8 Not only must there be evidence of the existence of compensable mental anguish, there must also be some evidence to justify the amount awarded. We disagree with the court of appeals that translating mental anguish into dollars is necessarily an arbitrary process for which the jury is given no guideline. While the impossibility of any exact evaluation of mental anguish requires that juries be given a measure of discretion in finding damages, that discretion is limited. Juries cannot simply pick a number and put it in the blank. They must find an amount that, in the standard language of the jury charge, would fairly and reasonable compensate for the loss. Compensation can only be for mental anguish that causes substantial disruption in daily routine or a high degree of mental pain and distress. [citing Parkway]. There must be evidence that the amount found is fair and reasonable compensation, just as there must be evidence to support any other jury finding And the law requires appellate courts to conduct a meaningful evidentiary review of those determinations. Saenz, 925 S.W.2d at 614 (emphasis added). Thus, litigants in non-physical injury cases now face not only a restrictive threshold test and elevated evidentiary standard for recovery of mental anguish damages, but a Supreme Court mandate to the appellate courts to conduct a rigorous evidentiary review of same. Following these cases, the Supreme Court decided Universe Life Insurance Company v. Giles, 950 S.W.2d 48 (Tex. 1997). This well-known case is critical in the area of bad faith insurance law, but contains evidence of the Court s deliberate limitation of recovery in the mental anguish area. The Court states: [T]his Court has carefully defined the conditions under which plaintiffs may recover the two primary forms of extra-contractual damages most common in bad faith cases, punitive and mental anguish damages Similarly, concerned with the subjective nature of mental anguish damages, we have admonished courts to closely scrutinize such awards. [citing Parkway]. In most cases, plaintiffs may not recover mental anguish damages unless they introduce direct evidence of the nature, duration, and severity of their mental anguish, thus establishing a substantial disruption in the plaintiffs' daily routine. [citing Parkway]. This standard ensures that fact-finders are provided with adequate details to assess mental anguish claims. [citing Parkway]. In the context of bad faith actions, mental anguish damages will be limited to those cases in which the denial or delay in payment of a claim has seriously disrupted the insured's life. Giles, 950 S.W.2d at 54 (emphasis added). D. Appellate scrutiny is applied 1. Insufficient evidence -- Gunn Infinity v. O Byrne, 996 S. W. 2d 854 (Tex. 1999) 8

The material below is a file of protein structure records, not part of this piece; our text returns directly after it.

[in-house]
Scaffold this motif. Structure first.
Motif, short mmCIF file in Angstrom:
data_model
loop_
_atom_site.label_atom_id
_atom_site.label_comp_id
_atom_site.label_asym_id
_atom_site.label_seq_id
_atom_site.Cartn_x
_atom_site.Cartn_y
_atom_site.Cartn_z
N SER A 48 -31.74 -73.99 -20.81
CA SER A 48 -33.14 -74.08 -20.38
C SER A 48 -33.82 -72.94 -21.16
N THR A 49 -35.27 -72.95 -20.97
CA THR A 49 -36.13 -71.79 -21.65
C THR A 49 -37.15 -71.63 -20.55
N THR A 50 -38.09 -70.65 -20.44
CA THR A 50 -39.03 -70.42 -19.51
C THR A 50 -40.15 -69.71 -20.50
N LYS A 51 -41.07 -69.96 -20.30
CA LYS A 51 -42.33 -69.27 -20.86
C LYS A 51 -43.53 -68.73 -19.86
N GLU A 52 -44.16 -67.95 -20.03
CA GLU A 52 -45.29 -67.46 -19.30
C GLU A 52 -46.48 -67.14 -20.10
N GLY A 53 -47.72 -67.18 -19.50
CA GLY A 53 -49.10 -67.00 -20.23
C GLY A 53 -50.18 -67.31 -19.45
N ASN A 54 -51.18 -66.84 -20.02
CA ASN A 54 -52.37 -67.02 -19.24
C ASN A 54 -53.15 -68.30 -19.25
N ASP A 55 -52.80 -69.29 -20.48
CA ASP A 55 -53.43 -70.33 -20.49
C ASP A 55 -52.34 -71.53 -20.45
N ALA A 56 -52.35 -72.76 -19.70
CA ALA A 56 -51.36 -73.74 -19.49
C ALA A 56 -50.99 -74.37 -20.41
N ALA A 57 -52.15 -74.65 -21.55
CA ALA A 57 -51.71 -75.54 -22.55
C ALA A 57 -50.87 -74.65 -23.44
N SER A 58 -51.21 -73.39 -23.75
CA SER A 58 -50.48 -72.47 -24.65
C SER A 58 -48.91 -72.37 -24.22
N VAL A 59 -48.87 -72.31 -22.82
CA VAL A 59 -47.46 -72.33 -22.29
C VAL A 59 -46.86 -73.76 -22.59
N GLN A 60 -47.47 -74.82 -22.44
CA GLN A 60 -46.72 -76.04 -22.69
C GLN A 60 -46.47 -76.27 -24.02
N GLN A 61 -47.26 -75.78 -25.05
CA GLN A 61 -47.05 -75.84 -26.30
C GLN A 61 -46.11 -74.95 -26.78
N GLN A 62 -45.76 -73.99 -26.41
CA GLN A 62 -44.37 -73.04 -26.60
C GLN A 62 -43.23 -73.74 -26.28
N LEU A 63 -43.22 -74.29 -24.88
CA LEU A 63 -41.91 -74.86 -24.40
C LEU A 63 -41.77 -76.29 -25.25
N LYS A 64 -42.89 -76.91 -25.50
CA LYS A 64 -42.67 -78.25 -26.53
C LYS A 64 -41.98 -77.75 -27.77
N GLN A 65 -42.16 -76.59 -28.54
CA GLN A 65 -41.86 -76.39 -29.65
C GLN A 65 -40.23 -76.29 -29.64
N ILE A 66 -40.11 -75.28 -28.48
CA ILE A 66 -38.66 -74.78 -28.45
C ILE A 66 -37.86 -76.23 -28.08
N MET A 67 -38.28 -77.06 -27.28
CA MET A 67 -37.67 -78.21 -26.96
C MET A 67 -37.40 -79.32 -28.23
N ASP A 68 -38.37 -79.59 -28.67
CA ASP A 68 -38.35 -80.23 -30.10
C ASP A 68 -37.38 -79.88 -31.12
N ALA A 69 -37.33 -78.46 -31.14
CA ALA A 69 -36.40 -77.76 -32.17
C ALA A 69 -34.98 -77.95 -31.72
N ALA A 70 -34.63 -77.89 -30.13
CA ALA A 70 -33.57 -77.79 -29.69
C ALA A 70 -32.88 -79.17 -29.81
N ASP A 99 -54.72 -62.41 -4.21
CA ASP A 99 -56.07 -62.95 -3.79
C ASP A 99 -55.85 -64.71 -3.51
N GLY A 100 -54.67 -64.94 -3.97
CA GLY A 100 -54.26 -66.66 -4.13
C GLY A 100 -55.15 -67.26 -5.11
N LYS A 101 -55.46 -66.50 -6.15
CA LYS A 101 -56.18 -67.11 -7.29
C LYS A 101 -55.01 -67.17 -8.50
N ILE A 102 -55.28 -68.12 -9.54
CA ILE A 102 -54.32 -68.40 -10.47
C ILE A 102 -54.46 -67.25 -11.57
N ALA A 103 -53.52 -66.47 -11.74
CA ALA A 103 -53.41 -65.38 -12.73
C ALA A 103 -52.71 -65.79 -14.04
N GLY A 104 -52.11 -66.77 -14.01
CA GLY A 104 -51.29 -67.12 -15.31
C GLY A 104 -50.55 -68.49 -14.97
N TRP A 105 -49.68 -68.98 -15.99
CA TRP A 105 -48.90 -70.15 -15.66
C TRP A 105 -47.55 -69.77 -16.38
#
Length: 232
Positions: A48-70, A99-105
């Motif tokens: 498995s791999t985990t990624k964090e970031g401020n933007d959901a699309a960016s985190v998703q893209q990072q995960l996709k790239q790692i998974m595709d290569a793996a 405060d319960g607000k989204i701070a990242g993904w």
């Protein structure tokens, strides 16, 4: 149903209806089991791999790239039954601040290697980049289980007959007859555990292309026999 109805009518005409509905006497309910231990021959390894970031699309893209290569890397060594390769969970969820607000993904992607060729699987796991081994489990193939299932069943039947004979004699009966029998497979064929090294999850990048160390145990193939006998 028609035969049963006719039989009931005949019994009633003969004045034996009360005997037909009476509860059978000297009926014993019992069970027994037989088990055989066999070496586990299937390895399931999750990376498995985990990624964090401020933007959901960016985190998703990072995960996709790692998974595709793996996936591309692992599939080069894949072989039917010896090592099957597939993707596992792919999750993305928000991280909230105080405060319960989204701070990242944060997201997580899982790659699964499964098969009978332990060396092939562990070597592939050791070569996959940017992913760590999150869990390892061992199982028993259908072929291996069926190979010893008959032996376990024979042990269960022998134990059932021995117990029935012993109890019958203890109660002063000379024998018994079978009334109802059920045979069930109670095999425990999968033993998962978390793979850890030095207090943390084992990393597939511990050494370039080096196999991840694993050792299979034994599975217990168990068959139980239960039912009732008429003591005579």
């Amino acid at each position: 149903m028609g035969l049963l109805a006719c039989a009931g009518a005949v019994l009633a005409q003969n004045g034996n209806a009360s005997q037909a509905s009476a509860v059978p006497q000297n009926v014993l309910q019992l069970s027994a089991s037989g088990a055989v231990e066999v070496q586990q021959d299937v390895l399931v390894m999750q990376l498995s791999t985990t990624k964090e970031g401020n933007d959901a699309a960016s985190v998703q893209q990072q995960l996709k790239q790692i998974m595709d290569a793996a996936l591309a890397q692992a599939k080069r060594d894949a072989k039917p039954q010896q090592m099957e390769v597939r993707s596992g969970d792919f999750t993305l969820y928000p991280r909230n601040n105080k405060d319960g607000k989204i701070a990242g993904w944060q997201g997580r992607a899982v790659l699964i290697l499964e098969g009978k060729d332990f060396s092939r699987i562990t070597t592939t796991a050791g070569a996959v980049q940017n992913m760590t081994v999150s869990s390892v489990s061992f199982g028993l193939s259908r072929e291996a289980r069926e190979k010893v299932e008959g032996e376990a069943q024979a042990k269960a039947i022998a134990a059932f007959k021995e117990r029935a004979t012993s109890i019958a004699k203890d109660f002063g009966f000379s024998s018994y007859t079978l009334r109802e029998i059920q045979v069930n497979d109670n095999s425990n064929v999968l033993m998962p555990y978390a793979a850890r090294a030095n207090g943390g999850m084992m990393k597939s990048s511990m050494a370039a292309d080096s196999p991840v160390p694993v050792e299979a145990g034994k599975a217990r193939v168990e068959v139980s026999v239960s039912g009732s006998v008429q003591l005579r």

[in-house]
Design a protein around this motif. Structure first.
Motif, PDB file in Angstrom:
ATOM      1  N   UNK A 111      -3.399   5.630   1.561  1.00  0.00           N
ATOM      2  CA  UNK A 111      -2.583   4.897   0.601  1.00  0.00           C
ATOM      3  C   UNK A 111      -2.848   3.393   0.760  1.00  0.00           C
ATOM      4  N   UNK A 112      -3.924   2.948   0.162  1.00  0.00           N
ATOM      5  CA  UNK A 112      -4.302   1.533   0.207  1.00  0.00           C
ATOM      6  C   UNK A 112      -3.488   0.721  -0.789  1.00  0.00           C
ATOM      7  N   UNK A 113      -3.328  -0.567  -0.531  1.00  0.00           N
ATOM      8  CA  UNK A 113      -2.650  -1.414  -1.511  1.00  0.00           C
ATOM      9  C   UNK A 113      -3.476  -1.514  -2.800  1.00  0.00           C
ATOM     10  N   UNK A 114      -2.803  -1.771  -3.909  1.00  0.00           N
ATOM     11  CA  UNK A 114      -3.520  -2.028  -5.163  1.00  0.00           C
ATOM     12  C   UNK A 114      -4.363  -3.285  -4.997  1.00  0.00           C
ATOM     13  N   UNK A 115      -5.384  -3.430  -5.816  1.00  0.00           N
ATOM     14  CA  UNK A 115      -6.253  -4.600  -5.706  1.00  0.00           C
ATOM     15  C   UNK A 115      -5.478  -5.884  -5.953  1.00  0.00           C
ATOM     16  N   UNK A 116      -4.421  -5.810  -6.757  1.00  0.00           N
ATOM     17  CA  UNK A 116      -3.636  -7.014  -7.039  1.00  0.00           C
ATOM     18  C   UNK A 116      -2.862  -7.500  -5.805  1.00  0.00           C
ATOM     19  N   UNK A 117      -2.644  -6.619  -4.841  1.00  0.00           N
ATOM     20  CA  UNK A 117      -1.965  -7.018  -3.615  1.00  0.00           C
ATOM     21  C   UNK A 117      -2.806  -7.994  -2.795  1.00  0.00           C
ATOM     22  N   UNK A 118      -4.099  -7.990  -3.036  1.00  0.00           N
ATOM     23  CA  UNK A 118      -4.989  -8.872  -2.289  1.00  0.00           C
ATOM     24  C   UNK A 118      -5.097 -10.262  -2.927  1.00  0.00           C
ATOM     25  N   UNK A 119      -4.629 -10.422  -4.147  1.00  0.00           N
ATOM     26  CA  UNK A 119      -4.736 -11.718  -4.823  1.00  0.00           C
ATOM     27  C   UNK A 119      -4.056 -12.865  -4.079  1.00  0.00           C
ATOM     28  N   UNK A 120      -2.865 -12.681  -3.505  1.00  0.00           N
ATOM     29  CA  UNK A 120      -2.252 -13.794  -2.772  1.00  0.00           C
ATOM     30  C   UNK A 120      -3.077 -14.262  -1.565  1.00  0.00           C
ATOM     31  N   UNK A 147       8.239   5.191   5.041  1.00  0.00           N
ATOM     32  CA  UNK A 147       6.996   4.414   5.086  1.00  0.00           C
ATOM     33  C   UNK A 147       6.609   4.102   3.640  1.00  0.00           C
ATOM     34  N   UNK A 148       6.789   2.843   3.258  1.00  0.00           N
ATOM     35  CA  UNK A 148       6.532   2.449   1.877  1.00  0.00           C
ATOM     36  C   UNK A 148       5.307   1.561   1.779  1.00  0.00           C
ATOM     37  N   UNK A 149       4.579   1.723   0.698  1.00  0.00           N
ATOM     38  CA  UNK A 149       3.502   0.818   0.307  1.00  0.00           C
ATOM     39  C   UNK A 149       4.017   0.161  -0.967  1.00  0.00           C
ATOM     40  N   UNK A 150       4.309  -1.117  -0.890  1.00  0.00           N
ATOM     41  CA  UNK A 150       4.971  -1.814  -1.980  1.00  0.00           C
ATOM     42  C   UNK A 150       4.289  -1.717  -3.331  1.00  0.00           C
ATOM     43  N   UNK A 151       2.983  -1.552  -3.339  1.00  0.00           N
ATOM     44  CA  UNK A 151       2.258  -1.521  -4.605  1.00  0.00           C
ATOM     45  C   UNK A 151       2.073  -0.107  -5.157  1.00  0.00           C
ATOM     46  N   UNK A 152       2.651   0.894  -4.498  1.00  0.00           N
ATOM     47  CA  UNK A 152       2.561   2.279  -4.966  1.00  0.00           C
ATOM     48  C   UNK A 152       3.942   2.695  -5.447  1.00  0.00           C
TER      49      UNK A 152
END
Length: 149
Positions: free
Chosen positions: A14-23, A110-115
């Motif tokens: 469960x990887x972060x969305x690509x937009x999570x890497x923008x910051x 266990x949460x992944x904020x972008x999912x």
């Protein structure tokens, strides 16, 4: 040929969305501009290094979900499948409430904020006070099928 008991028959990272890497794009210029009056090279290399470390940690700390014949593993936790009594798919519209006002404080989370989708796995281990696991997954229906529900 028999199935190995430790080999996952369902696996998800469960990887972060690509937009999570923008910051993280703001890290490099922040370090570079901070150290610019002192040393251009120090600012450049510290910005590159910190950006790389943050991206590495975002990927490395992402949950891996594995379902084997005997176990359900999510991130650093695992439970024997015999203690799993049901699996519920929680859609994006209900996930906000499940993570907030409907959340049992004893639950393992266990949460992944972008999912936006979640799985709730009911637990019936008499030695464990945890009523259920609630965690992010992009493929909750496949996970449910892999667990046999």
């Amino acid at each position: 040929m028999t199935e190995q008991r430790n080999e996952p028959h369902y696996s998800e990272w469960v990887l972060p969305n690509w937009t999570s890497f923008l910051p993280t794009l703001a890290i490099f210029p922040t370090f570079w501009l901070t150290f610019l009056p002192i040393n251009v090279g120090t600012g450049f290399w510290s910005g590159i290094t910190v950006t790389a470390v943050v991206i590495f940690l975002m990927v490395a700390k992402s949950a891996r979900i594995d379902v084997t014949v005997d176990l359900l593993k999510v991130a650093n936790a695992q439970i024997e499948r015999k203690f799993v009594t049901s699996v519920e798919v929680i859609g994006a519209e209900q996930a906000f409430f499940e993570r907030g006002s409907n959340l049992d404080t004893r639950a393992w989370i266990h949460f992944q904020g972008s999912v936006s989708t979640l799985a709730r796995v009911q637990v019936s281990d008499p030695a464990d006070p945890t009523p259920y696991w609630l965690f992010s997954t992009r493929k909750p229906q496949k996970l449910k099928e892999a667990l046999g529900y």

9 Then, in 1999, came Gunn Infinity v. O Byrne, 996 S. W. 2d 854 (Tex. 1999), opinion by Justice Owen, joined by Phillips, Hecht, Enoch, Abbott, Hankinson, O Neill and Gonzales II. Plaintiff O Bryne, in the market for a very specific Infinity car, called a San Antonio dealership from his home in Louisiana, and was told that it had exactly the car he wanted, brand new. The Infinity dealership then defrauded Mr. O Bryne, selling him as new a car that had been damaged, had its hood replaced, and been repainted. It also made other misrepresentations about the accessories, such as an air bag supposedly present in the car. Upon discovery of the fraud, and after failed negotiations for reparation, O Bryne sued for fraud and DTPA violations, and received from the jury, inter alia, an award for $11,000 in mental anguish damages. Upon Supreme Court review of the mental anguish damages award, the Court cited the dual propositions that (1) an award of mental anguish damages will survive a legal sufficiency challenge when the plaintiffs have introduced direct evidence of the nature, duration and severity of their mental anguish, thus establishing a substantial disruption in the plaintiffs daily routine [citing Parkway] AND (2) that Courts should closely scrutinize awards of mental anguish damages. [citing Giles]. In determining whether there was legally sufficient evidence to support a jury verdict on mental anguish damages, the Court reviewed Mr. O Byrne s trial testimony, as follows: It all goes back to, I guess, what I was told that I was getting. What I did not get. I have a constant, a constant mental sensation of pain or a rude awakening. It s like nightmare every time I see the car. I have stopped driving the car. I get to the point where I can t stand to be in the car. I notice imperfections and I m detail oriented, but this is obvious. You can see the discoloration of the hood doesn t match the fenders of the car. Imperfections on the air dam. You can see a chalky appearance. The unreliability again takes into consideration for a lot of anguish, a lot of grief. I have some severe disappointment both in myself and the dealership, my faith to ever do business again. I felt like I m publicly humiliated. Yes, my friends do give me a lot of grief. My friends pick on me a lot. I had bragged about getting a new car. After putting up with ridicule from my friends, I feel embarrassed. Gunn, 996 S.W.2d at (emphasis added). The Court s conclusion? No mental anguish! In denying recovery, the Court held the following: This is not legally sufficient evidence of mental anguish. It does not rise to the level of a high degree of mental pain and distress that is more than mere worry, anxiety, vexation, embarrassment, or anger. [citing Parkway]. Nor is there any evidence that there was a substantial disruption in O Byrne s daily routine. 9